Cultural determinism, western hegemony & the efficacy of defective states

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This paper argues that the notion of a defective state, including those designated as 'weak', 'failed' or 'collapsed', has a number of obvious advantages for the West. First and most obviously, it offers an explanation for the faults of the state in question that does not implicate outside forces. Second, it justifies external action to intervene in the internal affairs of domestic regimes and, finally, it implies that such action can only reliably remove the inherent threat posed by defective states if intervention produces a project of political transformation. This suggests three questions (which make up the focus of the paper as a whole). First, if outside forces are not to blame, what is there within defective states that explains their failings? Second, what form should an external response to these problems take and, third, what sort of political transformation should that external response seek to enact within the target state? © ROAPE Publications Ltd., 2005.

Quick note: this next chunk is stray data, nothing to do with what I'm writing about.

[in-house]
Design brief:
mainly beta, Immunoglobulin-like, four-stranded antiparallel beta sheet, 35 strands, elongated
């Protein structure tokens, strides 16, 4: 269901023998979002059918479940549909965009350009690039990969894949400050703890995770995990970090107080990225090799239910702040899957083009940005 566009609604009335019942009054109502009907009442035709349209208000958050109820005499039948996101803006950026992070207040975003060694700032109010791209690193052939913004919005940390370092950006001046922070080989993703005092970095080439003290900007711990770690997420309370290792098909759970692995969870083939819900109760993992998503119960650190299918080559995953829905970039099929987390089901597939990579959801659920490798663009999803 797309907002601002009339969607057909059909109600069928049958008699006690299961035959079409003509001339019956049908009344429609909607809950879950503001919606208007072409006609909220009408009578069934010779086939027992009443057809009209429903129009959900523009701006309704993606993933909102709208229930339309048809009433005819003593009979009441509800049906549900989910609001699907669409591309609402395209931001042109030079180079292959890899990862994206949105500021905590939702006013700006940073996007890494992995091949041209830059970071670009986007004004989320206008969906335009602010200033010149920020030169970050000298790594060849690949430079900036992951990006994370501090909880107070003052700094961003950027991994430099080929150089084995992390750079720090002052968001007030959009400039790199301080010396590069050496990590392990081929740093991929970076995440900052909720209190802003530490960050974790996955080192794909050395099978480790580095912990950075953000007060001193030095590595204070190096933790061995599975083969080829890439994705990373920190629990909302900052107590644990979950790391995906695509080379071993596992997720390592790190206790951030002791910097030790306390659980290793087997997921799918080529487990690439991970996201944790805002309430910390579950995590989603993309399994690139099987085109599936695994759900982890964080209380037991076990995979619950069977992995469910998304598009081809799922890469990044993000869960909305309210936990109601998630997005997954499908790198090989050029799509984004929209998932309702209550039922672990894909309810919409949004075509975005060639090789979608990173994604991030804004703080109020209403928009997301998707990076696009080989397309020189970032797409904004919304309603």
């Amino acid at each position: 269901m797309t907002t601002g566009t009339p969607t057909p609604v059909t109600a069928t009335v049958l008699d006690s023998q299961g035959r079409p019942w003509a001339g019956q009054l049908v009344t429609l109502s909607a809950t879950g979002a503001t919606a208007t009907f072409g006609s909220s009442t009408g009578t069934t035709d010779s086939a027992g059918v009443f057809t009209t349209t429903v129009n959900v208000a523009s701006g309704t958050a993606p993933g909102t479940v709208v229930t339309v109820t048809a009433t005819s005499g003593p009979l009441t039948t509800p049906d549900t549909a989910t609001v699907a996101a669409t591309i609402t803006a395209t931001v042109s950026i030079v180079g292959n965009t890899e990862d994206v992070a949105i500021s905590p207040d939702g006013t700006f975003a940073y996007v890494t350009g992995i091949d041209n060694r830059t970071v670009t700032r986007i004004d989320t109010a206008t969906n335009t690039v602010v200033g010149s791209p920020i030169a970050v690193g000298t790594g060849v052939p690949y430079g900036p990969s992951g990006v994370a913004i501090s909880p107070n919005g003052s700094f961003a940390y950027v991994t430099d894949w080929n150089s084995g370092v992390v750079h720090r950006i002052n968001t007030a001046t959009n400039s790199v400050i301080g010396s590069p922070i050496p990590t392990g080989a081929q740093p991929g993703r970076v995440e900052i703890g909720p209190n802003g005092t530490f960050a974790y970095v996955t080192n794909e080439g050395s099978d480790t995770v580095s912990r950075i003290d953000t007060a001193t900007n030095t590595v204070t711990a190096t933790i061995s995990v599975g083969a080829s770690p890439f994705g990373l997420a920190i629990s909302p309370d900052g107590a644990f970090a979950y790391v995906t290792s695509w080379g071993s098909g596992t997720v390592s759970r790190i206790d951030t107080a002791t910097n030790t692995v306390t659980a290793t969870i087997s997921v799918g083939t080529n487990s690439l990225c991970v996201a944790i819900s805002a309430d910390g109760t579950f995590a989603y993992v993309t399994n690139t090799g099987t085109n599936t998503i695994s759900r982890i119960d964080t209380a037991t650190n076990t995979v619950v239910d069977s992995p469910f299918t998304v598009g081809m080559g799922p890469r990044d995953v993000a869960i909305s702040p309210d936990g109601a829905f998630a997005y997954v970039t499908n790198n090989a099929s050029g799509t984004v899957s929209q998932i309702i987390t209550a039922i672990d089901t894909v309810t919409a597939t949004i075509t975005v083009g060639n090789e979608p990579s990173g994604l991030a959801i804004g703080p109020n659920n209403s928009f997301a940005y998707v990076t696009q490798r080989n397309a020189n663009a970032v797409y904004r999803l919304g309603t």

Original languageEnglish
Pages (from-to)215-233
Number of pages18
JournalReview of African Political Economy
Issue number104-105
Publication statusPublished - Jun 2005

Research Beacons, Institutes and Platforms

  • Global Development Institute


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